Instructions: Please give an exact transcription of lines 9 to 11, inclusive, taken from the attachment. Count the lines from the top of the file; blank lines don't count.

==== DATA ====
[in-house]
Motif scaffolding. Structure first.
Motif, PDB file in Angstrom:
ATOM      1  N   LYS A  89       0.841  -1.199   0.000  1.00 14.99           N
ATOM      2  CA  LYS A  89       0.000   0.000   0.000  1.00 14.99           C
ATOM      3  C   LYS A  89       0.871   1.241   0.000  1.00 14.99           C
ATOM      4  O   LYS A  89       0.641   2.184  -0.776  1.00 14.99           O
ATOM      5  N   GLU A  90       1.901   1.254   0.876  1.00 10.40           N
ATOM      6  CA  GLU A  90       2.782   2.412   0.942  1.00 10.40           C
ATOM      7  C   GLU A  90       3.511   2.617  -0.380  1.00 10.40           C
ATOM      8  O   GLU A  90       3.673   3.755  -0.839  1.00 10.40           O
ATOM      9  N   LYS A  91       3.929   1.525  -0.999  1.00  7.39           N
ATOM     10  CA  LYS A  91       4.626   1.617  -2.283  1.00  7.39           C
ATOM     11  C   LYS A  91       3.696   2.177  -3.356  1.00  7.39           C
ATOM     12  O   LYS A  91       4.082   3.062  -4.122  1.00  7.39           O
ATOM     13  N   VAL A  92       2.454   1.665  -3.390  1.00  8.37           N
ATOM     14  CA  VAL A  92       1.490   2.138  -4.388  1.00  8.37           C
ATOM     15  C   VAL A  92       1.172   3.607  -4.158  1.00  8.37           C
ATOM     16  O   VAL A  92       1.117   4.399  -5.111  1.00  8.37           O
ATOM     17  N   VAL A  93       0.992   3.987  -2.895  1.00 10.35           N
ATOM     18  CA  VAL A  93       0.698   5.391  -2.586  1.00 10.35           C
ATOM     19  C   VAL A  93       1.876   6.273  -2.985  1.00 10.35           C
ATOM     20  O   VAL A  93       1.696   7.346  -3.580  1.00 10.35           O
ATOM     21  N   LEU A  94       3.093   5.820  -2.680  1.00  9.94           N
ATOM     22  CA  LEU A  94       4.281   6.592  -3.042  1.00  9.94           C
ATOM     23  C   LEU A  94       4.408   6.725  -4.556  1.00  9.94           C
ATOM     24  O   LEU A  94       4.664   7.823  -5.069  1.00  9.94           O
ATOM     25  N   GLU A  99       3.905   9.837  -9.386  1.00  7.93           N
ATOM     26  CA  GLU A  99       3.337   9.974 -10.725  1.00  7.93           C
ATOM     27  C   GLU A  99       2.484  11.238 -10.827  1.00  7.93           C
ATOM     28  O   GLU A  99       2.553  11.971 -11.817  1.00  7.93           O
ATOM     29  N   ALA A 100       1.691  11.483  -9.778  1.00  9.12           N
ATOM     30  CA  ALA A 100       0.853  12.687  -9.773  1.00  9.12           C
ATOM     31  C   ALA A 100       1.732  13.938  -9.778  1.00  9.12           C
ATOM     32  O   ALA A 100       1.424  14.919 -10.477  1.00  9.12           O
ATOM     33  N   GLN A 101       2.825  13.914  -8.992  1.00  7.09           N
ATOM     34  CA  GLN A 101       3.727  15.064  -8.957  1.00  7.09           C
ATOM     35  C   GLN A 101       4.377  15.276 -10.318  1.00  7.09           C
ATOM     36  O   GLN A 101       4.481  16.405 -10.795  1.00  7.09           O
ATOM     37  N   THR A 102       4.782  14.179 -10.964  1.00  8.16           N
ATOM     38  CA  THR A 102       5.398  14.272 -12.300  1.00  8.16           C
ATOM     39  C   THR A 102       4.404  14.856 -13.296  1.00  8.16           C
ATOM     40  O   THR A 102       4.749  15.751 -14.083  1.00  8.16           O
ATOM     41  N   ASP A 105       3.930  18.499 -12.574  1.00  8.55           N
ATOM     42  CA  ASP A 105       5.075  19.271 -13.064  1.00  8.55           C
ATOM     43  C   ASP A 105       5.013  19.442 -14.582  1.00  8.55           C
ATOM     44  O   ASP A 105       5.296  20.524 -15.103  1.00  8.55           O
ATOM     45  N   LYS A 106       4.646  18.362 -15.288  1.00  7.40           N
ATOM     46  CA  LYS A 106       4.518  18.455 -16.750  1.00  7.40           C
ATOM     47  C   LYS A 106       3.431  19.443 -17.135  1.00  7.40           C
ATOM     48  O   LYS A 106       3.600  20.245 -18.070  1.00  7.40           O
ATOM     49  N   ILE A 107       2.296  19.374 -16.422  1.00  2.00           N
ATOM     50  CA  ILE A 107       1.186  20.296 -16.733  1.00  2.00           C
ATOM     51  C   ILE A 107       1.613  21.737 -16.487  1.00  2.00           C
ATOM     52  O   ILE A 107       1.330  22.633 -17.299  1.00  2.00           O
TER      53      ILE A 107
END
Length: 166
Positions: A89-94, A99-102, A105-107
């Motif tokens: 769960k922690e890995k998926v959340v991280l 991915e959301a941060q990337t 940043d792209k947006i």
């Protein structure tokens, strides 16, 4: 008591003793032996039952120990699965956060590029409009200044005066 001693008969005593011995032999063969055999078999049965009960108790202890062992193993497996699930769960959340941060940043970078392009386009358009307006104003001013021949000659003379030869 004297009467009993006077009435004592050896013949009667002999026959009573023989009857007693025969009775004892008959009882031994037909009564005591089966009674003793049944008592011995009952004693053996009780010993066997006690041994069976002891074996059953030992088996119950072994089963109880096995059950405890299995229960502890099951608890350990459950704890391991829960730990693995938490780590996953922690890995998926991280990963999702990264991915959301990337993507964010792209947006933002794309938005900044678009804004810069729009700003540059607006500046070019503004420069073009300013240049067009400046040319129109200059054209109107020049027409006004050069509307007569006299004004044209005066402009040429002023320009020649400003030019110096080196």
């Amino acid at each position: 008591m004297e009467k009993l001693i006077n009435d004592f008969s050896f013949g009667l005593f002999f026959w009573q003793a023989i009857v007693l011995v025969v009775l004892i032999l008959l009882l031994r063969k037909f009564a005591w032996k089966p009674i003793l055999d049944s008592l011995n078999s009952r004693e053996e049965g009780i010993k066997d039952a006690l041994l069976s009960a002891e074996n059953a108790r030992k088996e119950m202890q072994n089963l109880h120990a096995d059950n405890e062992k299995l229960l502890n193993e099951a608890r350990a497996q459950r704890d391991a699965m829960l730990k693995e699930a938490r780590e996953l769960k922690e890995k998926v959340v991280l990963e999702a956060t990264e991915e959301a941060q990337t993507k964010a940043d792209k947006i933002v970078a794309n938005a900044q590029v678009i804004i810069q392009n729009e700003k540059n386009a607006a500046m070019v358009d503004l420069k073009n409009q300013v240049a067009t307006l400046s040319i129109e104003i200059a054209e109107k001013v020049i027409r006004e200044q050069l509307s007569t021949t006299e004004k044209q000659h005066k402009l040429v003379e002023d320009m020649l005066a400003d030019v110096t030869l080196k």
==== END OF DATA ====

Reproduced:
ATOM      6  CA  GLU A  90       2.782   2.412   0.942  1.00 10.40           C
ATOM      7  C   GLU A  90       3.511   2.617  -0.380  1.00 10.40           C
ATOM      8  O   GLU A  90       3.673   3.755  -0.839  1.00 10.40           O